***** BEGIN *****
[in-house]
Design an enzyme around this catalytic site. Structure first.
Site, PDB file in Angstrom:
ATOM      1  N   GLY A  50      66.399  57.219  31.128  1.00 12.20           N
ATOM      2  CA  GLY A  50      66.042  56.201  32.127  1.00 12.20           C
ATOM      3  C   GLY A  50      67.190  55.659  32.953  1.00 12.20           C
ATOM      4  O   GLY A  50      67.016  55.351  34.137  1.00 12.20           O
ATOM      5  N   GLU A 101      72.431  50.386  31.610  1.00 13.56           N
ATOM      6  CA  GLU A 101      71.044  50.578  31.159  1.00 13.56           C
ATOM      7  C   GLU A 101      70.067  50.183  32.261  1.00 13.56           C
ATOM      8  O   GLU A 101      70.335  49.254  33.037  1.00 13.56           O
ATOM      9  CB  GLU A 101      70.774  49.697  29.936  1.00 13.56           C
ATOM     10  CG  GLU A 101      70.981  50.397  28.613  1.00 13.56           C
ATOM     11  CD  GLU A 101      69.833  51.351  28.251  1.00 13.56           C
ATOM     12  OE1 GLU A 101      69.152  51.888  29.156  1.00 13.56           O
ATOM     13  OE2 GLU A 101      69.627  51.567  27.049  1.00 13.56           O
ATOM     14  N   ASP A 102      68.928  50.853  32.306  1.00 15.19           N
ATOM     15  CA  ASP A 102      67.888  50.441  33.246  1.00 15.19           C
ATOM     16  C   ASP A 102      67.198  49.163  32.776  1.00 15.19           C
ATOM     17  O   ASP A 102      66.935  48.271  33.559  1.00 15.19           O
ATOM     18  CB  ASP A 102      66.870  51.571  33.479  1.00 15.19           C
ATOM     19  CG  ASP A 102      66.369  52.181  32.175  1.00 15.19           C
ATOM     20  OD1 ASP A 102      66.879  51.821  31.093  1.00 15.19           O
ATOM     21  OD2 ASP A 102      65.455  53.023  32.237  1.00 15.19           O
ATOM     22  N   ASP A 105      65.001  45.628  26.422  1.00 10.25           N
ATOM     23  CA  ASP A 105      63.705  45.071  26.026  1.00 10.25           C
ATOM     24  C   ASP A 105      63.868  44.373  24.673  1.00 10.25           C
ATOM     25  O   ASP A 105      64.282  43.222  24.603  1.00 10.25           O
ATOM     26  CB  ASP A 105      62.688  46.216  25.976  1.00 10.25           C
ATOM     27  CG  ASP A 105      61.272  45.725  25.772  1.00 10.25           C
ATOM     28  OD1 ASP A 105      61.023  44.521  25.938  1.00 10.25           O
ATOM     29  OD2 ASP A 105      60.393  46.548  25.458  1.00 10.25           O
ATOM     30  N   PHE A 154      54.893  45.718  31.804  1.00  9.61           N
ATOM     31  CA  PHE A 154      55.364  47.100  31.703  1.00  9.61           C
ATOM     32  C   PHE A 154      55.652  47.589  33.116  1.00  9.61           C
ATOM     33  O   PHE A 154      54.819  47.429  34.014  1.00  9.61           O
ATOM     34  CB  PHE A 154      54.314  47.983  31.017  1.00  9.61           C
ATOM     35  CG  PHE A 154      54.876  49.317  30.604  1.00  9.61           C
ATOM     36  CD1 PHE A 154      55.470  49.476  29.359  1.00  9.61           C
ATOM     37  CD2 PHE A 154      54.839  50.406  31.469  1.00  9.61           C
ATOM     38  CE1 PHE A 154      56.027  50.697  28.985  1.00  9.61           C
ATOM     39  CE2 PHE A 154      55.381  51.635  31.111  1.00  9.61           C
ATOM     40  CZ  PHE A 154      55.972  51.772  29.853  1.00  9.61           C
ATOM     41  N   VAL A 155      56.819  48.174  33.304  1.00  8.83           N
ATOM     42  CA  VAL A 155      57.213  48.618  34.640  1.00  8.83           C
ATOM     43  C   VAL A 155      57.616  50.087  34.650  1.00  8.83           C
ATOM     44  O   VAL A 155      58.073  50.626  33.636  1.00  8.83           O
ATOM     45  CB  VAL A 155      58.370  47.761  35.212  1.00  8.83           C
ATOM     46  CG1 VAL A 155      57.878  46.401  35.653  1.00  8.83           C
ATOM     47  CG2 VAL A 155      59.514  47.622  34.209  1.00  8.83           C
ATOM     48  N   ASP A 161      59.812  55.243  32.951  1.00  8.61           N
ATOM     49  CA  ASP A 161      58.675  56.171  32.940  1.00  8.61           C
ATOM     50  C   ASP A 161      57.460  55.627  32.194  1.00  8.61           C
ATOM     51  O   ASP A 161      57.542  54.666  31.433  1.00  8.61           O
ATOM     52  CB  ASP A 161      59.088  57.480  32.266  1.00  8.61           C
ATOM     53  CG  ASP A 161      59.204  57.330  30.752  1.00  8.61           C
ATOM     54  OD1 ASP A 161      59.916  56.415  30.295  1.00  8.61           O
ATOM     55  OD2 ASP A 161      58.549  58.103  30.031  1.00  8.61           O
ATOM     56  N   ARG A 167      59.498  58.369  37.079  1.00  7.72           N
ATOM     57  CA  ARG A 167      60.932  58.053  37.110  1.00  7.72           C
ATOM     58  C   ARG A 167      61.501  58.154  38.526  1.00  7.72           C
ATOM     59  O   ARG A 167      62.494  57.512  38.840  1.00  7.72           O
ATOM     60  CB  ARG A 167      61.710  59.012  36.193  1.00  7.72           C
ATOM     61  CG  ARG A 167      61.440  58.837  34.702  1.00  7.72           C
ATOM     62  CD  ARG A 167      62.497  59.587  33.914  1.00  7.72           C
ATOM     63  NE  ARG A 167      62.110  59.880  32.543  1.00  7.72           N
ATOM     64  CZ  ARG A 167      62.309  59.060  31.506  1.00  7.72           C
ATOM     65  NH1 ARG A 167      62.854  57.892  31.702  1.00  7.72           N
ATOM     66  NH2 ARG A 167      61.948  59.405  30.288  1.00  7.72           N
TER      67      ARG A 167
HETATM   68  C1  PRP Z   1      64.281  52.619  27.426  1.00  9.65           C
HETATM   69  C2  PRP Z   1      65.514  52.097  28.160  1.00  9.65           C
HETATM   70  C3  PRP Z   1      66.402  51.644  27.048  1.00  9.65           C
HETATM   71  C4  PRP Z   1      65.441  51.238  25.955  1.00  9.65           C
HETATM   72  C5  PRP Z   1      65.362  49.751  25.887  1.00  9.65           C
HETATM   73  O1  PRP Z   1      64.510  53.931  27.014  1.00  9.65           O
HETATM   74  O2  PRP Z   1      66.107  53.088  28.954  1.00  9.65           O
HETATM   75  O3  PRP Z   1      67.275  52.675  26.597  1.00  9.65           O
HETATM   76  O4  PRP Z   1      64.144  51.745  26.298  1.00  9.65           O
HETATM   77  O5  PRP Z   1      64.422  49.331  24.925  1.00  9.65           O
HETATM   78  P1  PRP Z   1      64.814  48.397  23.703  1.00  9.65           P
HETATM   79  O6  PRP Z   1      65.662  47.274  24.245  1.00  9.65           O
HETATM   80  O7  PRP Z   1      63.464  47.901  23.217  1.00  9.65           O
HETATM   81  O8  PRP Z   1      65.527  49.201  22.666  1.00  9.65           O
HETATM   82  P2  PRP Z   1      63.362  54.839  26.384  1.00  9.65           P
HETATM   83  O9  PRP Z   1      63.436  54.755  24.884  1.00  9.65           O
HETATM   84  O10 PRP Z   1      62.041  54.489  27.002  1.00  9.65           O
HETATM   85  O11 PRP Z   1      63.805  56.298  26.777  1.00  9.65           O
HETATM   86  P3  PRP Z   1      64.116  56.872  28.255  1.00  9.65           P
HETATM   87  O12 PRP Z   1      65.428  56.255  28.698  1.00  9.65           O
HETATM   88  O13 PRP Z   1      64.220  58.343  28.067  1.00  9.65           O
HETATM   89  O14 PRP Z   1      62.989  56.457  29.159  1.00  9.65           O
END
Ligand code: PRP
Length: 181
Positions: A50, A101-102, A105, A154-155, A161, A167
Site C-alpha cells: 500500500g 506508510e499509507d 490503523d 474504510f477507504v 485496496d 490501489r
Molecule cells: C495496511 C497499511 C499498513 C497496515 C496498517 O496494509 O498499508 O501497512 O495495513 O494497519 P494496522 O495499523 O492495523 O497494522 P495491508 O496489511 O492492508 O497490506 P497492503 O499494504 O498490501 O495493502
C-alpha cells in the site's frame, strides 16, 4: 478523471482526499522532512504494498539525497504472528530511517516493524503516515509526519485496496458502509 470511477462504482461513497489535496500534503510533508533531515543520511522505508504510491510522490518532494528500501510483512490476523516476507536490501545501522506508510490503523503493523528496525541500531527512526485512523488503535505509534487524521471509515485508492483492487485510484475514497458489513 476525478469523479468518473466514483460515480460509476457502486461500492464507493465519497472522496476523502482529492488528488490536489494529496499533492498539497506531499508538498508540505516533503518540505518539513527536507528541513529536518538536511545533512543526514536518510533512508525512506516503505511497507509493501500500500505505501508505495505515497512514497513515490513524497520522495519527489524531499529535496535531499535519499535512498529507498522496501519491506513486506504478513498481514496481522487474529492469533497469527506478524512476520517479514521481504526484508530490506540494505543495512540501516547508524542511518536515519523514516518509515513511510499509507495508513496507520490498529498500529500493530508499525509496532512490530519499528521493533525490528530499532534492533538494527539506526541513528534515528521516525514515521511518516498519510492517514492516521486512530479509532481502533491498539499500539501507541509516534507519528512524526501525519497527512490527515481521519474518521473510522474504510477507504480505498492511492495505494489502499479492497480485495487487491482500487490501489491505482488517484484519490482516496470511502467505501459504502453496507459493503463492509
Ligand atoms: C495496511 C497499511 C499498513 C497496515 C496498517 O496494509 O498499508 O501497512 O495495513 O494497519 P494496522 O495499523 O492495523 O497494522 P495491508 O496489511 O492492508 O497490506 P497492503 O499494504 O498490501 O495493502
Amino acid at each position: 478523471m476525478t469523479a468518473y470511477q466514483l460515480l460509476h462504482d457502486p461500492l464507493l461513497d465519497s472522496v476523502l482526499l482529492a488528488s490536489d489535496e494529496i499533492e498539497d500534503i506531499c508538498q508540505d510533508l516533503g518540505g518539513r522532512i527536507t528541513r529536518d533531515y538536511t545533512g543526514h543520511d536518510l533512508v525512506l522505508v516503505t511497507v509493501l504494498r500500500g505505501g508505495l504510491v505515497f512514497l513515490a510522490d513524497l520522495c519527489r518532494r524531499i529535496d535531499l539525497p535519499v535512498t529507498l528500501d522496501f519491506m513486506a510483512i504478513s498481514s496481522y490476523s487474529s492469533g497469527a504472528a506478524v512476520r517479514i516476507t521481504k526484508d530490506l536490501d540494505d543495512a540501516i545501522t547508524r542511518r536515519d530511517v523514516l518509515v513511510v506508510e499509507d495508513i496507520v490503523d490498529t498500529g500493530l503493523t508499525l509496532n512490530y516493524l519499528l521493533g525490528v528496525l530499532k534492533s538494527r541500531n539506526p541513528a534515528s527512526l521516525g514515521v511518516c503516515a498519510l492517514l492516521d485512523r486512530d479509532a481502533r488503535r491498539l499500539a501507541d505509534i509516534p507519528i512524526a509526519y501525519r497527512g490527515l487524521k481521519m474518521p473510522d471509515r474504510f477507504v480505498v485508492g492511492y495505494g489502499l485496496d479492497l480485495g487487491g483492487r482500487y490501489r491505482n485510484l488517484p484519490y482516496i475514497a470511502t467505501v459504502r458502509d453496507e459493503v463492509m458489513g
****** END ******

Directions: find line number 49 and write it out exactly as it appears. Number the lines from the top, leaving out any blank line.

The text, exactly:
ATOM     46  CG1 VAL A 155      57.878  46.401  35.653  1.00  8.83           C